Breakthrough Mental Health Research Foundation is pleased to announce His Excellency the Honourable Hieu Van Le AC, Governor of South Australia, as patron.

Growing up in a war-torn country, witnessing the mental struggles of some new migrants settling in Australia, and seeing friends lose their children to suicide has made it clear to His Excellency the Honourable Hieu Van Le AC, Governor of South Australia, that much more needs to be done to better understand mental illness.

“Growing up there was running away from killings, witnessing people die around you, destruction right in front of you… it was almost part of normal life,” His Excellency says.

“It’s only when you reflect back that you realise that those experiences were unusual, and something quite stressful and depressing.

“We didn’t know about Post Traumatic Stress Disorder at the time, as that term only came later, and we didn’t know the impact those experiences would have on mental health.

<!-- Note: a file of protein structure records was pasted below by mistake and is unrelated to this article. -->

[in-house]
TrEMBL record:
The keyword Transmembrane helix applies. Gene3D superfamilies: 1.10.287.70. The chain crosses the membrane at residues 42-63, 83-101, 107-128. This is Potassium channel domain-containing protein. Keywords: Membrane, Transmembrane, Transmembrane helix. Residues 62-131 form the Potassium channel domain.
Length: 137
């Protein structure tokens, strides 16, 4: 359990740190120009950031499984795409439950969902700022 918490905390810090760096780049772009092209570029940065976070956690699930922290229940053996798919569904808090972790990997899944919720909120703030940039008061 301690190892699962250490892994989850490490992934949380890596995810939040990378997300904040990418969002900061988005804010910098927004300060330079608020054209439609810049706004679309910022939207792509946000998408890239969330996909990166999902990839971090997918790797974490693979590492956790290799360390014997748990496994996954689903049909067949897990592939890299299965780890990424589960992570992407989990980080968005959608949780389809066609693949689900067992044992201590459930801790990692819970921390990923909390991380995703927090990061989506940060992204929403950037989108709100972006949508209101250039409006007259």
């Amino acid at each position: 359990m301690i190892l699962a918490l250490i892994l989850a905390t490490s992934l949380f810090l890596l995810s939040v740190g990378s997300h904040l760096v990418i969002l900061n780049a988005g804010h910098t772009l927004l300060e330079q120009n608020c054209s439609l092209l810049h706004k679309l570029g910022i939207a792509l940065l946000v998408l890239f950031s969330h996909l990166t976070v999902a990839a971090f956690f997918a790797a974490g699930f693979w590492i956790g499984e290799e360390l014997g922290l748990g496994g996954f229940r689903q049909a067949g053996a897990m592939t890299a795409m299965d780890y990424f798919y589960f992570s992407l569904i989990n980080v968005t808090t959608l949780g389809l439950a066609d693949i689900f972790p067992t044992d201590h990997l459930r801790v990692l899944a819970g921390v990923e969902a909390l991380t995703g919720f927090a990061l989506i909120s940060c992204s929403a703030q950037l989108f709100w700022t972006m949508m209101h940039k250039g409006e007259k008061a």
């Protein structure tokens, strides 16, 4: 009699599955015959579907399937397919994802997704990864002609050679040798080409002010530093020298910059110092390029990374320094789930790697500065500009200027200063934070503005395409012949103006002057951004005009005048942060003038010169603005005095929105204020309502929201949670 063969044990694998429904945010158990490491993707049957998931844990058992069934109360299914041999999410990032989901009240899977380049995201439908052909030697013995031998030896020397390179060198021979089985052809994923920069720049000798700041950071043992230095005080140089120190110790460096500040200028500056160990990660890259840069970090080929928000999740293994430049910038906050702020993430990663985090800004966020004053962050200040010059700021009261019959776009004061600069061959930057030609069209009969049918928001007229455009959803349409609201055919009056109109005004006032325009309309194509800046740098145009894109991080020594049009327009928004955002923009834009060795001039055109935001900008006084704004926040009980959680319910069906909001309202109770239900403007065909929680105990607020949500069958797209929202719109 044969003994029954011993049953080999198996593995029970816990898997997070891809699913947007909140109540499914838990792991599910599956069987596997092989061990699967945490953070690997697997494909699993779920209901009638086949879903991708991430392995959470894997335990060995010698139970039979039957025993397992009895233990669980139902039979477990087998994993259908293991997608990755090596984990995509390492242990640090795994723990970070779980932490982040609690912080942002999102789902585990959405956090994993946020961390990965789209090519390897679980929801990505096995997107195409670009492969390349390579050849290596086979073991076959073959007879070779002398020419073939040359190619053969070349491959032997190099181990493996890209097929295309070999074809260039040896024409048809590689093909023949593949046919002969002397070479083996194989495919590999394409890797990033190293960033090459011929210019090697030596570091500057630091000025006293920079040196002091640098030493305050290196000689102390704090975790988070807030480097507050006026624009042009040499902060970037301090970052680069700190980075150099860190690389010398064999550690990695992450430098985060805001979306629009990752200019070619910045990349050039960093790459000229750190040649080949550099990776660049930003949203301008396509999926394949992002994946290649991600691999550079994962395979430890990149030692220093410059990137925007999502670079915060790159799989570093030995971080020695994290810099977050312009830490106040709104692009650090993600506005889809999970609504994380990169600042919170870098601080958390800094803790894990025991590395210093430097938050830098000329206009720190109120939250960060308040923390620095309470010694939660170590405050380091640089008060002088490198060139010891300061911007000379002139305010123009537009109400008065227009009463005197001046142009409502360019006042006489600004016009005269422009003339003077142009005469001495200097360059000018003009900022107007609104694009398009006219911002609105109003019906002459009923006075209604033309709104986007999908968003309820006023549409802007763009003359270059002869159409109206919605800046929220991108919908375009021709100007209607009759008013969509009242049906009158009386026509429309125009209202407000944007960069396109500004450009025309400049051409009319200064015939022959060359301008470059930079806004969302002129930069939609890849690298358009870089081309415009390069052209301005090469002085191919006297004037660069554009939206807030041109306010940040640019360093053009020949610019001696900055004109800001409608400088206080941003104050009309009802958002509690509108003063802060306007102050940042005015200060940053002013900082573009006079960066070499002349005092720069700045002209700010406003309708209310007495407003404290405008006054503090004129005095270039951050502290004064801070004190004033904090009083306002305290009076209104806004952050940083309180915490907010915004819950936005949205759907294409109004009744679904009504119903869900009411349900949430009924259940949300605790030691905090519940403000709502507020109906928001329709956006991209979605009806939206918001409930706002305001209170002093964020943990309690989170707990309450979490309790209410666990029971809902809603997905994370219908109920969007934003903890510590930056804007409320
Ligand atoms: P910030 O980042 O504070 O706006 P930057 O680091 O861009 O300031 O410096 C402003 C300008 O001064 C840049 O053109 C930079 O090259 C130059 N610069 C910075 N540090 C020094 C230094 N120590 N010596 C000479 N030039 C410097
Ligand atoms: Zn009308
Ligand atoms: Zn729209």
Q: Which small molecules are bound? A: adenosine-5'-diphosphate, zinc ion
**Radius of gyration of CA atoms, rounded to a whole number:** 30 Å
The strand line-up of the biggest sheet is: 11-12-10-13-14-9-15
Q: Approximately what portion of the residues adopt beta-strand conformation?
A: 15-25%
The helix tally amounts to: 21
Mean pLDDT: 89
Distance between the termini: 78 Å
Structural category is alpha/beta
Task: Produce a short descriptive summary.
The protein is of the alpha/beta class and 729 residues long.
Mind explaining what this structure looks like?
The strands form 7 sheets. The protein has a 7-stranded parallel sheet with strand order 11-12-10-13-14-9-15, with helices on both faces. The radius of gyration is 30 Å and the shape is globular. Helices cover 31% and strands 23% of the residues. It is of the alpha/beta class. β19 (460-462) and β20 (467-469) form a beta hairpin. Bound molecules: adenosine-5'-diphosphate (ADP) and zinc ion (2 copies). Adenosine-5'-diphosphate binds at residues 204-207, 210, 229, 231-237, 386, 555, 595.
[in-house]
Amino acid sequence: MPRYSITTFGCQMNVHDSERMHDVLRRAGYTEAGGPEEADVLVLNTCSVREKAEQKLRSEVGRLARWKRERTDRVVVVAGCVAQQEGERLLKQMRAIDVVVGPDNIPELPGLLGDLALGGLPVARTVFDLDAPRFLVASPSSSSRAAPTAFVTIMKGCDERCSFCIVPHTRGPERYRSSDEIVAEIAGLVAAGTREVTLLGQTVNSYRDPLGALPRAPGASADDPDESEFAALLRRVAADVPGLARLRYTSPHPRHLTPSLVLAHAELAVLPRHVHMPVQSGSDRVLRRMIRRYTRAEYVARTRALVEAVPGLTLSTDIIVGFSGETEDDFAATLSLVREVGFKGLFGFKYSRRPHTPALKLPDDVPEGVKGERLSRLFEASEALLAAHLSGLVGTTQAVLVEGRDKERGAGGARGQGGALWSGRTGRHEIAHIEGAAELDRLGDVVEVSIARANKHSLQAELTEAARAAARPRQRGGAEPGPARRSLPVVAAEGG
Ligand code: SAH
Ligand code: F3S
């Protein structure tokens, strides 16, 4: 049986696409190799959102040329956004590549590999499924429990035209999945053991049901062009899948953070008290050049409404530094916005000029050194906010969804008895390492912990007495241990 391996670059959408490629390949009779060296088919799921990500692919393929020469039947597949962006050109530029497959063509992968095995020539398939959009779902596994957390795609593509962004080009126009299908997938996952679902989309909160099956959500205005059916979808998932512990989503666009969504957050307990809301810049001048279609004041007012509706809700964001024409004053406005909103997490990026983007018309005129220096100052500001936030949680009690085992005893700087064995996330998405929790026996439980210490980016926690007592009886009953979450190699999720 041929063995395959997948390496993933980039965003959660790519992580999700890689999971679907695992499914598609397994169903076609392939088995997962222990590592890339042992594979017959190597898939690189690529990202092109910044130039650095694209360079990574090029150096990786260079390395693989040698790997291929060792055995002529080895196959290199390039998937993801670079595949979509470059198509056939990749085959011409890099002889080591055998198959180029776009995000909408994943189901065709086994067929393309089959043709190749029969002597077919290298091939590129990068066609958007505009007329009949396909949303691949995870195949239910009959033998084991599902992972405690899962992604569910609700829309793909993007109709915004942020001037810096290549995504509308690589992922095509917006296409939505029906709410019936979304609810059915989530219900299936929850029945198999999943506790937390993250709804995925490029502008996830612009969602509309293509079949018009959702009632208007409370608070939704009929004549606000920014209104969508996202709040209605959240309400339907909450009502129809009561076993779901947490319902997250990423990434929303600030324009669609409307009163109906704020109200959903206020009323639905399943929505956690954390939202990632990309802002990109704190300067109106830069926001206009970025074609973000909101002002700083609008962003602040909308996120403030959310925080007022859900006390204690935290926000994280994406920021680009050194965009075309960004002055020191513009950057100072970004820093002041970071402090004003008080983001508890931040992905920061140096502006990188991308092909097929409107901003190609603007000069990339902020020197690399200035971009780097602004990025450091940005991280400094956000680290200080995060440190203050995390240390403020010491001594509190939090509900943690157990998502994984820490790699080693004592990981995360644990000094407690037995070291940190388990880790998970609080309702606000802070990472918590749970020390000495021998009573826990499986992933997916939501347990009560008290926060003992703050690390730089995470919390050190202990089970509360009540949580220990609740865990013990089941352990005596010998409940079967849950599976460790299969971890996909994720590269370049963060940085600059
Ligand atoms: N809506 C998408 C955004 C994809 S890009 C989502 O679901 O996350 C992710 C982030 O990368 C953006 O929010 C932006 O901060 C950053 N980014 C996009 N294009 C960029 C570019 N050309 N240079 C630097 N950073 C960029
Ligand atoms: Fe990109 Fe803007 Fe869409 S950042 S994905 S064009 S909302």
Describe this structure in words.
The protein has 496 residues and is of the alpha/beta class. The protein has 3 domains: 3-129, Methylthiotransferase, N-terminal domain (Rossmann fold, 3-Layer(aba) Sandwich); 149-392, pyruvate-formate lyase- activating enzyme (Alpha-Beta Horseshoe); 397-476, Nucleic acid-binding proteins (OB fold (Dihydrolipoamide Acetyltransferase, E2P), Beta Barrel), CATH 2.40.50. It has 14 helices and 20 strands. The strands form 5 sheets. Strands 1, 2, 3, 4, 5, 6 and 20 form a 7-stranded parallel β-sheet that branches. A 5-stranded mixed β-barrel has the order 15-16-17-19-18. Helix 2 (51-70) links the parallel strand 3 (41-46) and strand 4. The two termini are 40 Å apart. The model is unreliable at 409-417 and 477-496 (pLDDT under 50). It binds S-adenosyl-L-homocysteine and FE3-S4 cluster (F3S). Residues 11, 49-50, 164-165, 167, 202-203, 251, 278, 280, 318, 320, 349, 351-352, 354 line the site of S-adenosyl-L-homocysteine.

“We just kept saying, ‘that’s how life is – toughen up and deal with it’.”

While great progress has since been made to raise awareness of mental health issues and improve support services, the Governor says research has an important role to play in striving for a future free of mental illness.

In a show of support, he has become patron of Breakthrough Mental Health Research Foundation.

“One of the greatest concerns is that (mental illness) isn’t always visible, and the public is still in some ways quite unaware of its depth and seriousness…we also can’t say precisely what it is and why it happens,” His Excellency says.

“Research has to be the key because its findings will help to breakdown all these mysteries.

“Research will help to improve treatment, will drive change and will directly shape policies in the right direction.”

The Governor also hopes governments, mental health organisations and community groups can work together to create a holistic view of what needs to be done to comprehensively understand and address mental illness.

“I want a society where we have a better understanding of mental health – where we see it like any other problem, like a broken leg, getting wisdom teeth out, the flu, or a cold.

“Unless we have that and a greater awareness, then it’s much more difficult to treat it properly,” he says.

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